David: Are you kidding me? I used to have an entire box of pieces of cardboard I had used to mix my paints. I only threw them away after they became unusable.
Do you like seeing the process you've taken on the way to the finished product? Why or why not?
Brennan: Oh yeah, you know I'm always taking pictures throughout if I'm liking where things are going. Maybe that's just in case I mess up, I at least have a picture of when it looked good.
Maxwell: I've never really thought about it before. My focus is usually on the end result. Of course I'm thinking about how to get there, but I've never paid that much attention after the fact.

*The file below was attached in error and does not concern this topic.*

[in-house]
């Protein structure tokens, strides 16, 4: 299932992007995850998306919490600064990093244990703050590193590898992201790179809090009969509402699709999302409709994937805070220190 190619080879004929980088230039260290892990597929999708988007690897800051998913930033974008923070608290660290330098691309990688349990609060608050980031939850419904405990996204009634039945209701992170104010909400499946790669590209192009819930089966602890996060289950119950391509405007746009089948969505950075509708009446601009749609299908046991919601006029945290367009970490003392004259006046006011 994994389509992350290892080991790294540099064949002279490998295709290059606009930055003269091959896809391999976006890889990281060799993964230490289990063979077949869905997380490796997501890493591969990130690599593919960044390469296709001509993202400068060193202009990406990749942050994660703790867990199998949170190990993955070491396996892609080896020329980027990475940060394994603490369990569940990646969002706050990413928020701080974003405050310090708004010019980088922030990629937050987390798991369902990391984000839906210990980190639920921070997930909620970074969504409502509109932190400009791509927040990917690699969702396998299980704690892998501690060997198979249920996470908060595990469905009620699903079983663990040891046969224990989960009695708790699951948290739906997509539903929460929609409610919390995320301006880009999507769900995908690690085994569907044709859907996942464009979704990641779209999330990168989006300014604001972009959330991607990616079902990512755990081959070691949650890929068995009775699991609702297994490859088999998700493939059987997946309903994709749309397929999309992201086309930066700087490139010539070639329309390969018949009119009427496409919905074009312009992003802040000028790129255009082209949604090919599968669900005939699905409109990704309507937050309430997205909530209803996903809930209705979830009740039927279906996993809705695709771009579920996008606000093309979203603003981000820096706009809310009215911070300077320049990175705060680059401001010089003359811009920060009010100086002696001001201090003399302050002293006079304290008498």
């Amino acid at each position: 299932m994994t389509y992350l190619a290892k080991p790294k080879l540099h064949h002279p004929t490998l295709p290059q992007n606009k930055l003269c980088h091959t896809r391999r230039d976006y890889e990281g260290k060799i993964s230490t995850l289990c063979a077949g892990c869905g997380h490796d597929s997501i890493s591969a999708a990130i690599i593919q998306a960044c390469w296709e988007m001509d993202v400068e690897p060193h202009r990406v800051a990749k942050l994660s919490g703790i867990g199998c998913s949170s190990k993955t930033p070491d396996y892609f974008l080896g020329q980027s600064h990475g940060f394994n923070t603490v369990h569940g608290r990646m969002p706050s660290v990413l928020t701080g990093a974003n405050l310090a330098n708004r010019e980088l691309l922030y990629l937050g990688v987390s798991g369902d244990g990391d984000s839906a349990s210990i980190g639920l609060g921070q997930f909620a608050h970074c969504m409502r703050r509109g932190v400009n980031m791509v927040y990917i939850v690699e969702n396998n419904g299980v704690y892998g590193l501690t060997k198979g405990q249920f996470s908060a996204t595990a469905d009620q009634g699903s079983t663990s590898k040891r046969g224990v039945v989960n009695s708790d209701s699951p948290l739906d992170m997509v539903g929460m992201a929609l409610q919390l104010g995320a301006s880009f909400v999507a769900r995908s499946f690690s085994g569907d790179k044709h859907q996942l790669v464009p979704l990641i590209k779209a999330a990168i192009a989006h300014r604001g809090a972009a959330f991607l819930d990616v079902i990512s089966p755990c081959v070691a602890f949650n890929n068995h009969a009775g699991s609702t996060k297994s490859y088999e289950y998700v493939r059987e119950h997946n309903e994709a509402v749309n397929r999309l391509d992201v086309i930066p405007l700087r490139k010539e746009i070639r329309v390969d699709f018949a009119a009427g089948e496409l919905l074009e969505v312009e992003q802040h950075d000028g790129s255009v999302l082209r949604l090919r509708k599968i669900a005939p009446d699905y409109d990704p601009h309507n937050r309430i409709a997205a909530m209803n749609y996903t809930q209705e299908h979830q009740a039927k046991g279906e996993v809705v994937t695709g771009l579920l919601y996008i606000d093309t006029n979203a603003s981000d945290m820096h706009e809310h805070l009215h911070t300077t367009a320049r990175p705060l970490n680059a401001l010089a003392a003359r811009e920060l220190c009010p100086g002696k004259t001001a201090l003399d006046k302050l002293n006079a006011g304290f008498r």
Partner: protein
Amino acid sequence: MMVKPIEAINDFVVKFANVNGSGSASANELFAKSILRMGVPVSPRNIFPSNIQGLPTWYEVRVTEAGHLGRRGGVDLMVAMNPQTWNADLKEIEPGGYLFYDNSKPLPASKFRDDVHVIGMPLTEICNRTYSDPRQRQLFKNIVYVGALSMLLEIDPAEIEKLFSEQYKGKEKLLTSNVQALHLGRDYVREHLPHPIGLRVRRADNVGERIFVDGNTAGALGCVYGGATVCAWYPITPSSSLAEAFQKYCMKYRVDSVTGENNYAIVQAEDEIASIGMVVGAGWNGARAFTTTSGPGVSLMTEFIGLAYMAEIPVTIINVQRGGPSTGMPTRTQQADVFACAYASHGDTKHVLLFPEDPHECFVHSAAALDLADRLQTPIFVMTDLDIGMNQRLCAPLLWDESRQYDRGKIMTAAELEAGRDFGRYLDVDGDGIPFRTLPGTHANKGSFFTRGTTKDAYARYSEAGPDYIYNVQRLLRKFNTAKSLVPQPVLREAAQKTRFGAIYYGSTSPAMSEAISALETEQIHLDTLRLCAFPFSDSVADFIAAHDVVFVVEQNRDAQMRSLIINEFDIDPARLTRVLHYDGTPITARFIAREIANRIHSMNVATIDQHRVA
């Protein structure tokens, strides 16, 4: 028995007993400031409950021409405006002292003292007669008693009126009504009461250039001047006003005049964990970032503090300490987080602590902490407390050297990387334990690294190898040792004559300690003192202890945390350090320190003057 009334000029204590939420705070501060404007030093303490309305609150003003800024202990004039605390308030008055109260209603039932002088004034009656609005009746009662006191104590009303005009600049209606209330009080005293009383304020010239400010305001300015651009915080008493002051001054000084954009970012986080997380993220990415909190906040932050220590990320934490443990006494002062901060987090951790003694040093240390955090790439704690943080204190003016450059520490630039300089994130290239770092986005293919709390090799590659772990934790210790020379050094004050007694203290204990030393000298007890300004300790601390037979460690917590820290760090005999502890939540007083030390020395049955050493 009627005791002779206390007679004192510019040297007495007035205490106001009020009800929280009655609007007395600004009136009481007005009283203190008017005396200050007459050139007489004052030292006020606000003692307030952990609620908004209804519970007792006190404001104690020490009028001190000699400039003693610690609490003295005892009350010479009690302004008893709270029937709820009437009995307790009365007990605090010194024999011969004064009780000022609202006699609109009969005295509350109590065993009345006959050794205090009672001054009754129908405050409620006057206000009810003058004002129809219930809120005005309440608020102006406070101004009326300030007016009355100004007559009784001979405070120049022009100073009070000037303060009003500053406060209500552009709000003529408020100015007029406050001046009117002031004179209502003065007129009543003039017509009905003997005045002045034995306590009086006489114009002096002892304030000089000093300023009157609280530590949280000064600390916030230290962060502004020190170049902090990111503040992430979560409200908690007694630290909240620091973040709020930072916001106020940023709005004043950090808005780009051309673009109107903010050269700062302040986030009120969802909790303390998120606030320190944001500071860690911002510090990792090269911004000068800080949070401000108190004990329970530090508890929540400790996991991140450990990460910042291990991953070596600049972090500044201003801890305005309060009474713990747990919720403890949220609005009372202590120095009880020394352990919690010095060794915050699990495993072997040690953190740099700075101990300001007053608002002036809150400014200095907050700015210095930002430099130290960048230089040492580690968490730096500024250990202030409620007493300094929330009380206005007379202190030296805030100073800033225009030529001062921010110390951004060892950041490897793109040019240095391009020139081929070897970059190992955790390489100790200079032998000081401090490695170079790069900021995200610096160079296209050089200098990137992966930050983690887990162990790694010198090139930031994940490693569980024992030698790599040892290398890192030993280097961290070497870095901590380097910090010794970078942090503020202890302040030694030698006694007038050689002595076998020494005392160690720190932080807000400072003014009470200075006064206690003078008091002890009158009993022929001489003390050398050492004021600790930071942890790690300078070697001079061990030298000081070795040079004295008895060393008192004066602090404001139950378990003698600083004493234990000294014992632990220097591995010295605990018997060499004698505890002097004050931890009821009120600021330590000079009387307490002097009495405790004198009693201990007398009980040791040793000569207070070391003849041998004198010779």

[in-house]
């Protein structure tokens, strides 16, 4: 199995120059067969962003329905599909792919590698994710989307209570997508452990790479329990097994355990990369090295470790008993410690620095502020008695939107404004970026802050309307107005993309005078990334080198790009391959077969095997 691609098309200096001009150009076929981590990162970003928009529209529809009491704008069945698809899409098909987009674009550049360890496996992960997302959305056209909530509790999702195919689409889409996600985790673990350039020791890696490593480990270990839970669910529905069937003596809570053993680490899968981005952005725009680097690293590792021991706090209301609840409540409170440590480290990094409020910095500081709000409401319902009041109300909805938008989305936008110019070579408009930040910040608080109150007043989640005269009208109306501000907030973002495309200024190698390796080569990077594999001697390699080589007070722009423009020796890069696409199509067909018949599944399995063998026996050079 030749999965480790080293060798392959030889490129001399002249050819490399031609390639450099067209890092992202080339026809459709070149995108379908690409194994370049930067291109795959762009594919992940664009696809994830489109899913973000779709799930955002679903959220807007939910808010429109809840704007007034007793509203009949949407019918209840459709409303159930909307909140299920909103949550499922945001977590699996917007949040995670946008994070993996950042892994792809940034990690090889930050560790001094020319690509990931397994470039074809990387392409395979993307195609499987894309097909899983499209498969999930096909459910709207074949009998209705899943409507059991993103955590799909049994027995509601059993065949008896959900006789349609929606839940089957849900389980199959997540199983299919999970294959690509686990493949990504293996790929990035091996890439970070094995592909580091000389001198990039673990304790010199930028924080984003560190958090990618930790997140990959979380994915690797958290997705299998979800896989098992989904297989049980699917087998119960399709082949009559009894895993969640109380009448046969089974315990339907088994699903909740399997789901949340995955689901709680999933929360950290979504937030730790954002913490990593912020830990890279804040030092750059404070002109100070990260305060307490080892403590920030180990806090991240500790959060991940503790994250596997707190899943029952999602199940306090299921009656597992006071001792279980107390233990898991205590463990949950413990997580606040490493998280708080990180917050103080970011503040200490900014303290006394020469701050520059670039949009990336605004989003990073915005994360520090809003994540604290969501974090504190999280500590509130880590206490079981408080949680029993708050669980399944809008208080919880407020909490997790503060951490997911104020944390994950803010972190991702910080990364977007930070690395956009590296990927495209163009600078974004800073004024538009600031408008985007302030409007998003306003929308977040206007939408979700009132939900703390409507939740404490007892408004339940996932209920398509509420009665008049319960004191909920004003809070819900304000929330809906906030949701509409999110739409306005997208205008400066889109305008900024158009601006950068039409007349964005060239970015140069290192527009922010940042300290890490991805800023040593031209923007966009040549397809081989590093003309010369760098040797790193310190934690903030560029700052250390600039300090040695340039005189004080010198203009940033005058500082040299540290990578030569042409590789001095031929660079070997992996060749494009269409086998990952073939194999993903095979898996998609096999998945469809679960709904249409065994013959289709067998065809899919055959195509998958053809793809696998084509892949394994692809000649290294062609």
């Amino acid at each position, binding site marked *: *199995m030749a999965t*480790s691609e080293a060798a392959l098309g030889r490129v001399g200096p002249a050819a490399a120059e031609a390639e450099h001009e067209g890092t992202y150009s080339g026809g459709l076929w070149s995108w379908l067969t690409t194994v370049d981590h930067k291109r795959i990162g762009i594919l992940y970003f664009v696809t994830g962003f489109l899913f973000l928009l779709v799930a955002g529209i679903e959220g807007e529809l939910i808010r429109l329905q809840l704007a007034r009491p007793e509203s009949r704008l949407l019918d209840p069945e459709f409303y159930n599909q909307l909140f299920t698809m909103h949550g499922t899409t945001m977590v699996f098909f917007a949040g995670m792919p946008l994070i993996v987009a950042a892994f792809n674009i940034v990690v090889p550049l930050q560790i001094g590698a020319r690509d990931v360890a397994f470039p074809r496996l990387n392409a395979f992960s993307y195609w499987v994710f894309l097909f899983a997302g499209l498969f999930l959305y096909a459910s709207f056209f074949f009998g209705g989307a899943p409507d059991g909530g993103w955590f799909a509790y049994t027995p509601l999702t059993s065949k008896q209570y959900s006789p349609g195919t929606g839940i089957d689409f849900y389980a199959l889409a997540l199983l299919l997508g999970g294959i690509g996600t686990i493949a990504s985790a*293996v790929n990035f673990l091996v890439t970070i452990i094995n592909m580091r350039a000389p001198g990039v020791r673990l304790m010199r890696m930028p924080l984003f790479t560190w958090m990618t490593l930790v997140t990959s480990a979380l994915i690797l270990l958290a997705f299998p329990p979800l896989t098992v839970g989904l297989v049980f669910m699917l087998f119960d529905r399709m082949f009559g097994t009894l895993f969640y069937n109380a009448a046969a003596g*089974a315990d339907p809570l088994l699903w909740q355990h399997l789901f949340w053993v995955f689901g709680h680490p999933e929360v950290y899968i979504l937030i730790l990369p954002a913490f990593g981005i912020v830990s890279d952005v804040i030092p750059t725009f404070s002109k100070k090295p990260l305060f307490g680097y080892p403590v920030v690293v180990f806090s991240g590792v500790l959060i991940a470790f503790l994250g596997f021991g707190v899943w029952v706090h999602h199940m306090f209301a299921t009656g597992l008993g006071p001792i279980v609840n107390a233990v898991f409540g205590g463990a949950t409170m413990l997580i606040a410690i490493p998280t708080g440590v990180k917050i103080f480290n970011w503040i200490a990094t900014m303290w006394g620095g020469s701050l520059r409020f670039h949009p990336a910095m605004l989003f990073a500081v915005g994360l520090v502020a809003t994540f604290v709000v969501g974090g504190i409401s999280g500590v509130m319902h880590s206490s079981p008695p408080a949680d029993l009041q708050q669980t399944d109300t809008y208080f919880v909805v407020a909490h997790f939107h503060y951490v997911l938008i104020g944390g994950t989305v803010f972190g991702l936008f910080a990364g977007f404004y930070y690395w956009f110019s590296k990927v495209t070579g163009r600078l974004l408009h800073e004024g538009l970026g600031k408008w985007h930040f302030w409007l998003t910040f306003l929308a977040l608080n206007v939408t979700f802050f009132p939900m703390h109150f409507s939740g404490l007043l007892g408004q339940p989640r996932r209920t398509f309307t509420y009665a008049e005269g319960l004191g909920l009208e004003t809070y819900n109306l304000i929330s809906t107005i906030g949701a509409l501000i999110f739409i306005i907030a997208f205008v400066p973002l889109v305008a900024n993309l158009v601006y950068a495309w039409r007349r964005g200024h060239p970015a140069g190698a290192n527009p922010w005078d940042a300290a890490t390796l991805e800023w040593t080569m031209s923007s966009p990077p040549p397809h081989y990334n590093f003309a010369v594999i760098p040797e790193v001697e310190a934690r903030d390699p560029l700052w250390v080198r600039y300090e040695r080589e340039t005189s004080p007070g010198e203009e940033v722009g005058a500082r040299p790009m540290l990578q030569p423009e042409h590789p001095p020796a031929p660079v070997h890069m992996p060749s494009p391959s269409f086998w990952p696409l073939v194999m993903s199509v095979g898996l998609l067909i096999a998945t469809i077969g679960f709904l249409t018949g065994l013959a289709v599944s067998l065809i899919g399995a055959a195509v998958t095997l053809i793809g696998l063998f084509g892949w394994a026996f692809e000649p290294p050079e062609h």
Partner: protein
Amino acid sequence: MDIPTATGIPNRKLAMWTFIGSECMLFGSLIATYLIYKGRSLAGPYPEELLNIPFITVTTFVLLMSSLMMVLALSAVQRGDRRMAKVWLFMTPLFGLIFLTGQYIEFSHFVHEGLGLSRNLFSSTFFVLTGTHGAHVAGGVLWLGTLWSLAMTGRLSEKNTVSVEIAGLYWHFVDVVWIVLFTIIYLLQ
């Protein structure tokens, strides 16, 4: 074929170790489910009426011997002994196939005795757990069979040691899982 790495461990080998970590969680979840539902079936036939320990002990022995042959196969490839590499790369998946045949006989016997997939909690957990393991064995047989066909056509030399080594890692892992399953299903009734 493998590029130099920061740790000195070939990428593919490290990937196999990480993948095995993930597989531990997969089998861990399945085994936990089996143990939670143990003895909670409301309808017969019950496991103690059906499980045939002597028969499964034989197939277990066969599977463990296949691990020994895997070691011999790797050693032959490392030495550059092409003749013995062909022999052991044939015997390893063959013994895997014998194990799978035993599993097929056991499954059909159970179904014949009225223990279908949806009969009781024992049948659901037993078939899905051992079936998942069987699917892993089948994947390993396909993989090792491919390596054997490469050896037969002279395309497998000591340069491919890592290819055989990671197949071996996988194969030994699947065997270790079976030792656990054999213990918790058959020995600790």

David: Sure. It's kind of a cool thing to see--creating something from nothing and all that.
Do you hoard art supplies?
Brennan: You know I do, dude.
Maxwell: I try to keep it organized!
David: Yes.
When do you throw things away?
Brennan: I guess when they're all used up. Like, if I can't use my marker because there's no more ink, why keep it? Well unless I want to buy another, then I need the old one to buy a new one. But I keep all of my filled up sketchbooks of course.
Maxwell: When I'm finished with them. Like the wax paper, if I'm finished with it and I don't need it again, I throw it away. Empty or dried up tubes of paint, I don't need those either.
David: When things get too crowded or if I don't need them anymore. I switched to digital art, but I kept all of my stuff for traditional art just in case, especially if they're still useful.
***